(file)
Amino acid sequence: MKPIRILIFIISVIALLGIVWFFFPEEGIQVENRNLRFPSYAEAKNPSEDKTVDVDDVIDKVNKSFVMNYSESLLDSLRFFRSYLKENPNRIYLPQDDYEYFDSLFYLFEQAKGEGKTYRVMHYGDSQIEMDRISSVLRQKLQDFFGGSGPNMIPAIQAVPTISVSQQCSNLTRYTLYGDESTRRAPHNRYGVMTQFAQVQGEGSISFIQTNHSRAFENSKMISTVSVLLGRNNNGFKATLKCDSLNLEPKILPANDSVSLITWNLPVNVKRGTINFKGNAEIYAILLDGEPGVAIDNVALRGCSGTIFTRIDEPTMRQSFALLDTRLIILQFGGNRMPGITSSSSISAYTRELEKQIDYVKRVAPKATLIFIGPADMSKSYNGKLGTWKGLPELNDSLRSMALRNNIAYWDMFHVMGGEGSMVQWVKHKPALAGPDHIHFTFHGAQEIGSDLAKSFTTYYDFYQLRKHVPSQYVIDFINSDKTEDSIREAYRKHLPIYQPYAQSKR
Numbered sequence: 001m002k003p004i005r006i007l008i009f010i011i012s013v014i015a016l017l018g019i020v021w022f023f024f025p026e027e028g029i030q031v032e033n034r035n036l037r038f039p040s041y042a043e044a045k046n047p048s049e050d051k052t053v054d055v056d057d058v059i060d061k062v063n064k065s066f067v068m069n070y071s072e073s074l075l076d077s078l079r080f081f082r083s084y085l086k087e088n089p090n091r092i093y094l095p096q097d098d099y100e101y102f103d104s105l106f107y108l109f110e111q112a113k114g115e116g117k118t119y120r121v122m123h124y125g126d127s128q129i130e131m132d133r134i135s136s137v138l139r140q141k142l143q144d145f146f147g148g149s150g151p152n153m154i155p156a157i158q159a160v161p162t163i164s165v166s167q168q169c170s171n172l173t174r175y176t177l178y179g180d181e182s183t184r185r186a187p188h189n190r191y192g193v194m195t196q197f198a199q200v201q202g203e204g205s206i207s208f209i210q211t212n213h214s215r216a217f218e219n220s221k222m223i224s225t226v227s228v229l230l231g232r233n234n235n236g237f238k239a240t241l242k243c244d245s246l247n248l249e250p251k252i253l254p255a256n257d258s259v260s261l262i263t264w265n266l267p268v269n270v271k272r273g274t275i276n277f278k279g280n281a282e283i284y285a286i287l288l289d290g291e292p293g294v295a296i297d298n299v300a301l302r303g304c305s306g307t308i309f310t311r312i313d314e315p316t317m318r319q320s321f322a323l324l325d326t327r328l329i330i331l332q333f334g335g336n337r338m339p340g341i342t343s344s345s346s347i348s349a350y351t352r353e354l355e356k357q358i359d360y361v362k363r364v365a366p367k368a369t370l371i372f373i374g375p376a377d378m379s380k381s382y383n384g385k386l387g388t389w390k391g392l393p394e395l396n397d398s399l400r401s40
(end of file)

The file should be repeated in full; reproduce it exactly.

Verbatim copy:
Amino acid sequence: MKPIRILIFIISVIALLGIVWFFFPEEGIQVENRNLRFPSYAEAKNPSEDKTVDVDDVIDKVNKSFVMNYSESLLDSLRFFRSYLKENPNRIYLPQDDYEYFDSLFYLFEQAKGEGKTYRVMHYGDSQIEMDRISSVLRQKLQDFFGGSGPNMIPAIQAVPTISVSQQCSNLTRYTLYGDESTRRAPHNRYGVMTQFAQVQGEGSISFIQTNHSRAFENSKMISTVSVLLGRNNNGFKATLKCDSLNLEPKILPANDSVSLITWNLPVNVKRGTINFKGNAEIYAILLDGEPGVAIDNVALRGCSGTIFTRIDEPTMRQSFALLDTRLIILQFGGNRMPGITSSSSISAYTRELEKQIDYVKRVAPKATLIFIGPADMSKSYNGKLGTWKGLPELNDSLRSMALRNNIAYWDMFHVMGGEGSMVQWVKHKPALAGPDHIHFTFHGAQEIGSDLAKSFTTYYDFYQLRKHVPSQYVIDFINSDKTEDSIREAYRKHLPIYQPYAQSKR
Numbered sequence: 001m002k003p004i005r006i007l008i009f010i011i012s013v014i015a016l017l018g019i020v021w022f023f024f025p026e027e028g029i030q031v032e033n034r035n036l037r038f039p040s041y042a043e044a045k046n047p048s049e050d051k052t053v054d055v056d057d058v059i060d061k062v063n064k065s066f067v068m069n070y071s072e073s074l075l076d077s078l079r080f081f082r083s084y085l086k087e088n089p090n091r092i093y094l095p096q097d098d099y100e101y102f103d104s105l106f107y108l109f110e111q112a113k114g115e116g117k118t119y120r121v122m123h124y125g126d127s128q129i130e131m132d133r134i135s136s137v138l139r140q141k142l143q144d145f146f147g148g149s150g151p152n153m154i155p156a157i158q159a160v161p162t163i164s165v166s167q168q169c170s171n172l173t174r175y176t177l178y179g180d181e182s183t184r185r186a187p188h189n190r191y192g193v194m195t196q197f198a199q200v201q202g203e204g205s206i207s208f209i210q211t212n213h214s215r216a217f218e219n220s221k222m223i224s225t226v227s228v229l230l231g232r233n234n235n236g237f238k239a240t241l242k243c244d245s246l247n248l249e250p251k252i253l254p255a256n257d258s259v260s261l262i263t264w265n266l267p268v269n270v271k272r273g274t275i276n277f278k279g280n281a282e283i284y285a286i287l288l289d290g291e292p293g294v295a296i297d298n299v300a301l302r303g304c305s306g307t308i309f310t311r312i313d314e315p316t317m318r319q320s321f322a323l324l325d326t327r328l329i330i331l332q333f334g335g336n337r338m339p340g341i342t343s344s345s346s347i348s349a350y351t352r353e354l355e356k357q358i359d360y361v362k363r364v365a366p367k368a369t370l371i372f373i374g375p376a377d378m379s380k381s382y383n384g385k386l387g388t389w390k391g392l393p394e395l396n397d398s399l400r401s40